Vision: Dylan is a modern mystic with an unyielding poetic vision and the musical gifts to express it. At around age 24, he wrote the song “It’s Alright Ma (I’m Only Bleeding)”, which contained the following lines: While preachers preach of evil fates/Teachers teach that knowledge waits/Can lead to hundred-dollar plates/Goodness hides behind its gates/But even the president of the United States/Sometimes must have/To stand naked. Cheney has been an incredibly gifted bureaucrat, competent manager and Washington political infighter who never really developed the vision to be a national leader in his own right. During Gulf War I, there was probably no one better qualified than Cheney to be Secretary of Defense. I personally remember being thrilled to have him calling the shots at the Pentagon back then. Yet at the pinnacle of his career, which came with the 9/11 attacks, Cheney had a failure of vision. On an entirely human level, this failure makes him almost a tragic figure. His reaction was to be afraid and to lead GW Bush and the rest of us down the path of fear. For the sake of vast simplicity, let’s just say there were 10 paths the country could have gone down after that day. Nine of those paths were wrong, so maybe we should cut Cheney and Bush some slack for being only human when they picked one of the nine bad ones. After all, there was only one right path, and we still aren’t sure which one it was. But a great leader would have stepped back from the immediate fear, imagined the world we wanted to be in 10 years hence, recognized the right path to get there and chosen it at the beginning. We elect our national leaders because they are supposed to have more than competence and knowledge and power — we expect them to have vision to lead the country. Think about how Roosevelt positioned the United States to face the rise of Nazi Germany in the 1930s, or how Churchill led his nation during the relentless, sustained air attacks (not just four in one day) of the Battle of Britain. THE EDGE: Dylan.

Dealing with criticism: Both Dylan and Cheney have been undaunted in the face of withering criticism. Dylan was castigated by the old-line folkies when he plugged in an electric guitar at the 1965 Newport Folk Festival, and he has been castigated at every turn in his career ever since. But he hasn’t cared. He hasn’t really answered many questions about it and hasn’t been defensive. He’s just gone on doing what he wants to do, for decades. Cheney, too, has been unapologetic in the face of criticism both during and after the Bush Administration about things like war, torture and domestic spying. But he has been a bit too showy as he plows through all this adversity — seeking out speaking engagements in front of friendly audiences and TV appearances to mount his defense over and over again while attacking his successors in office. Dare I say he’s been a bit too defensive? A bit of a martyr? Maybe even a big baby? THE EDGE: Dylan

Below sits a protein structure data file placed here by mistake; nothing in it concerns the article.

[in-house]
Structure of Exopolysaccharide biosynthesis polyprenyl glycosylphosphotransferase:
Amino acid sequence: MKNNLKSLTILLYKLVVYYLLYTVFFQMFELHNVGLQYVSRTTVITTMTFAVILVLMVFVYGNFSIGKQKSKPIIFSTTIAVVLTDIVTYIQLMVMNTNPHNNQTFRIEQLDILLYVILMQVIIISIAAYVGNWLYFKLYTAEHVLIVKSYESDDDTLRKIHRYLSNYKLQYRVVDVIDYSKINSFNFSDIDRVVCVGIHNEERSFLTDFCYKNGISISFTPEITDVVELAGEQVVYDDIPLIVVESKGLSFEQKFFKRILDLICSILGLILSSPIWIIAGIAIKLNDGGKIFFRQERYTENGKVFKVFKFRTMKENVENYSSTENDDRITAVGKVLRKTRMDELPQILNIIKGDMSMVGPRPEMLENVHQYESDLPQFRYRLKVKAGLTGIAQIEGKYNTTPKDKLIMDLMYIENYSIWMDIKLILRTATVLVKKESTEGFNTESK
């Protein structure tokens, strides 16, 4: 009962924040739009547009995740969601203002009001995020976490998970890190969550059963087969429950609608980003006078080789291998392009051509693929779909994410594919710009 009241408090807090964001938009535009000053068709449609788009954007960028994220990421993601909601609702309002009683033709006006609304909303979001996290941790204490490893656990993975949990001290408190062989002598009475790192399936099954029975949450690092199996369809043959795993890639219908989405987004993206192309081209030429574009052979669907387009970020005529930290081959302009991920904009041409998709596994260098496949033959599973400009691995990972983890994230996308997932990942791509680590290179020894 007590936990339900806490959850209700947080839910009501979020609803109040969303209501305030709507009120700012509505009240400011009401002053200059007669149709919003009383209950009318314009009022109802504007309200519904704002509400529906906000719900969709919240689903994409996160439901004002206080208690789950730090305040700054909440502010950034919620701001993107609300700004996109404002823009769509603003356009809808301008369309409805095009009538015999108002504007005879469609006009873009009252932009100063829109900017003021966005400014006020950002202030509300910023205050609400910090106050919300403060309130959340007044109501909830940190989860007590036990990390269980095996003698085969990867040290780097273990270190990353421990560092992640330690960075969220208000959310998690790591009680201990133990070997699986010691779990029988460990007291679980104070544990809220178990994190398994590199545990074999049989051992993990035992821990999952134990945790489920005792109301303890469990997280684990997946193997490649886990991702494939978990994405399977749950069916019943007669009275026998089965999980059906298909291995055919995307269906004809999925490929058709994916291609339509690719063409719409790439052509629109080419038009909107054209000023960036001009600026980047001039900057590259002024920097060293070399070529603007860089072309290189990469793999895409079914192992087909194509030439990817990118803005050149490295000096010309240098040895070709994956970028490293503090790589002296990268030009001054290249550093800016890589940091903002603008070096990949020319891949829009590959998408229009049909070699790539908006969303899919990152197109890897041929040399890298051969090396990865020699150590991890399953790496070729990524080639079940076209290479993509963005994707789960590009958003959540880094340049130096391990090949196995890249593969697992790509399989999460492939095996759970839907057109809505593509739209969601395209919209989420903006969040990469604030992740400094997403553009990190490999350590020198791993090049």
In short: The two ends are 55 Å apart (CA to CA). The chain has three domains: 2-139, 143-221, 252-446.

Overall excellence within their chosen field: Let’s go to the history books for some perspective here. If this were 19th Century America and we were looking for examples of great poets and great political leaders who were rough contemporaries, we’d have to look no further than Walt Whitman and Abraham Lincoln. History’s verdict is that both easily make the cut as great Americans. Dylan, I think, will be spoken about in the same exalted terms as Whitman in terms of artistry and cultural impact after he’s long gone. But Cheney and Lincoln? In the same conversation? THE EDGE: Dylan.

Accidents, having them: — Dylan crashed a Triumph street bike in 1969, supposedly breaking several vertebrae, nearly killing himself and taking himself out of the public eye for nearly eight years. He explained the accident by saying he’d been up for days without sleep, and that he had taken his bike out for an early morning ride and was topping a hill facing into the sunrise when,  “I went blind for a second and I kind of panicked or something. I stomped down on the brake and the rear wheel locked up on me and I went flyin’.”  Here’s my theory: Dylan was a sissy who didn’t know how to ride a motorcycle. I’ve seen pictures of him on his Triumph, and he looks like he has no idea what he’s doing. His feet aren’t even on the footpegs, and his grip on the handlebars makes it seem as if he’s holding a high-voltage power line. In short, he looks like the president of the chess club who has been forced by the guys on the wrestling team to try to ride a motorcycle. No wonder he crashed. Now onto Cheney’s accident: He shotgunned his buddy in the face while out pounding beers and bird hunting in the middle of a big Texas ranch. Then he went back and had a big roast beef dinner. Now THAT’s manly. THE EDGE: Cheney.